WASHINGTON In remote waters of the south Atlantic, Kevin Kilmartin counts on big cruise ships to deliver tourists to the Falkland Islands, hoping to lure them to his 35,000-acre sheep and cattle ranch and take them on a safari adventure to his very own wilderness beach, which is inhabited by thousands of Gentoo penguins.
But Kilmartin says visitors to his Bluff Cove Farm have slowed to a crawl in the middle of the summer season on the popular islands off the southeastern tip of South America, with business down by more than two-thirds from last year.
"We are just waiting and hoping that the news will soon improve and that we still have a tourism business at the end of the season," Kilmartin said.
More than 30 years after the United Kingdom and Argentina went to war over who should possess the Falklands, the two sides are fighting again. This time the disagreement is over how many British cruise ships should be allowed to dock on the small islands, an overseas territory of the United Kingdom, or to navigate in surrounding waters.
The dispute is part of the ongoing tensions between the countries, which have escalated in the past week.
On Sunday, British Prime Minister David Cameron said Britain was prepared to fight militarily again to keep the islands, rejecting a call to return them to Argentina. Cameron made his remarks to the British Broadcasting Corp. after Argentine President Cristina Fernandez de Kirchner urged Britain last week to return the islands to Argentina, saying the United Kingdom had first taken control of them 180 years ago in an "exercise of colonialism."
Argentina is angry that Britain already has conducted military exercises near its borders, and Cameron told the BBC that Britain has strong defenses in place and won't do anything to risk losing the islands. With Falklands residents prepared to decide their political status in March, Cameron said he was confident they'd vote to remain British.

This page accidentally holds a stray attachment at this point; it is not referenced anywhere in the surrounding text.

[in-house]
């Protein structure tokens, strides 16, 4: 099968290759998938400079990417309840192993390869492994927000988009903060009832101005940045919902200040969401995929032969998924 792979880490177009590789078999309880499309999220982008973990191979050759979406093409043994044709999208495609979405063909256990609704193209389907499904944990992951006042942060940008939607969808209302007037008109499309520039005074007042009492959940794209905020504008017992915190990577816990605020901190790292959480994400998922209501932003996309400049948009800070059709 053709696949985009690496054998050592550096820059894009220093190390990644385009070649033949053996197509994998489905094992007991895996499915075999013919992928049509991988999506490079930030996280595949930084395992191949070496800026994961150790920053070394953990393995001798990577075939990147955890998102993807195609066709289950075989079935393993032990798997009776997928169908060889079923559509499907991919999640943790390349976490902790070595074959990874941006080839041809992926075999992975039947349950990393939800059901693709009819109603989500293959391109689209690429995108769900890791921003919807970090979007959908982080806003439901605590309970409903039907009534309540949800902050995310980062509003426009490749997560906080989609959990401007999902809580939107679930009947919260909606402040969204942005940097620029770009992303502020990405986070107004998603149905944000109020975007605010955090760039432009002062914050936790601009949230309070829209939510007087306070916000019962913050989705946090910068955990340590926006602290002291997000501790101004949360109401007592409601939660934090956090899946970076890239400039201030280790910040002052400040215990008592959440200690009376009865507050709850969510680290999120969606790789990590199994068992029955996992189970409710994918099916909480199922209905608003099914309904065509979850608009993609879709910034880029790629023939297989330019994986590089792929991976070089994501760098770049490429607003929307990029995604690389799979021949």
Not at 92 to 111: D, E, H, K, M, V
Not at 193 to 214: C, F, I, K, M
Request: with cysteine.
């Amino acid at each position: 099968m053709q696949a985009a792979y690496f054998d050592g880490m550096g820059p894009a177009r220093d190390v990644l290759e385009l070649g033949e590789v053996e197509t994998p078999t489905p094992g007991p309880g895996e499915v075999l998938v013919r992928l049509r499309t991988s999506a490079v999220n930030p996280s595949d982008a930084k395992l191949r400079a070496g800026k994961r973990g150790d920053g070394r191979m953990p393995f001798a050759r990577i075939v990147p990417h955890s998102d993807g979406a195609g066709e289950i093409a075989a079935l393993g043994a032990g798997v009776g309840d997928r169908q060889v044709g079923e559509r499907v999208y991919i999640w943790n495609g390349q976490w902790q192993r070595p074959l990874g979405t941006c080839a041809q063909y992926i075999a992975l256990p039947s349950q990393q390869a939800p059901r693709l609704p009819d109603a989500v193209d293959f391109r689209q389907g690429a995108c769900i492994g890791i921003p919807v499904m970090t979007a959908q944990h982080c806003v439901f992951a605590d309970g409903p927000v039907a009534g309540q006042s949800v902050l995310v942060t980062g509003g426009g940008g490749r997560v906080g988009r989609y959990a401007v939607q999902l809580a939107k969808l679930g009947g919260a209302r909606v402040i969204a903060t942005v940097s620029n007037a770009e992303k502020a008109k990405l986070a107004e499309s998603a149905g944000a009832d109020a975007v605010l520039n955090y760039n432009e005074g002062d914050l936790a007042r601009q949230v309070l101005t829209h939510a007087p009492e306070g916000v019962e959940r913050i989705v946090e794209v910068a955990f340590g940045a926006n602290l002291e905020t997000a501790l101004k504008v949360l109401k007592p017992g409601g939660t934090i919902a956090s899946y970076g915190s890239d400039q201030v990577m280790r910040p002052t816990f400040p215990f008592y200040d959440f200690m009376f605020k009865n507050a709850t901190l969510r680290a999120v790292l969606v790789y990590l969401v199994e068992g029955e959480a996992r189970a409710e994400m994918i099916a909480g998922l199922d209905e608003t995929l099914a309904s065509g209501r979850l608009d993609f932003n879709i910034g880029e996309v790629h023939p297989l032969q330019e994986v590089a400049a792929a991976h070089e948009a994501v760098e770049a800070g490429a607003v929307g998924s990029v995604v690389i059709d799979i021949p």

Against this backdrop, more cruise ships have stayed away, fearing for the safety of their passengers. Officials in the Falklands worry that nearby Chile will benefit by welcoming the business.
In Washington, the British Embassy said that at least six planned visits to the Falklands by cruise ships have been canceled since Nov. 17, a big blow to island businesses.
Officials say the cancellations have thwarted the vacation plans of thousands of people and threaten local efforts to make the Falklands an international tourist destination. Kilmartin said he'd received word that more cancellations were in the offing.
U.S. citizens accounted for nearly a third of 2011 visitors to the Falklands, a compact group of 778 islands.
The stakes are high for U.S. businesses, too.
"South Florida is the world's capital of the cruise line industry," said Kevin McGurgan, the British consul-general in Miami. "A majority of the cruise liners visiting Argentina and the Falklands are headquartered in South Florida."
He said the U.K. government had raised its concerns with Florida-based cruise companies "and urged them not to give in to bullying actions."
Dick Sawle, a member of the Falkland Islands Legislative Assembly, said Argentine authorities and agencies had applied increasing pressure on cruise companies not to visit the Falklands for the past two years. The pressure, he said, has included "covert threats" and actions by militants to disrupt business.
Many cruise lines are opting to play it safe.
Carnival UK, for example, said it had made "the difficult decision" to stay away from Argentina's ports in 2013 because of fears that the ships wouldn't be allowed to enter or would experience delays.
"As a British cruise company we cannot allow ourselves to be the subject of any political dispute or put our customers and crew into any situation where their enjoyment may be compromised," the company said in a statement.
The British Embassy said a number of other cruise lines had either been refused entry or decided to cancel cruises, including Adonia, Princess, Prestige, Holland America and AIDAcara.
The Argentine government, which calls the Falklands the Malvinas Islands, didn't respond to repeated requests for comment.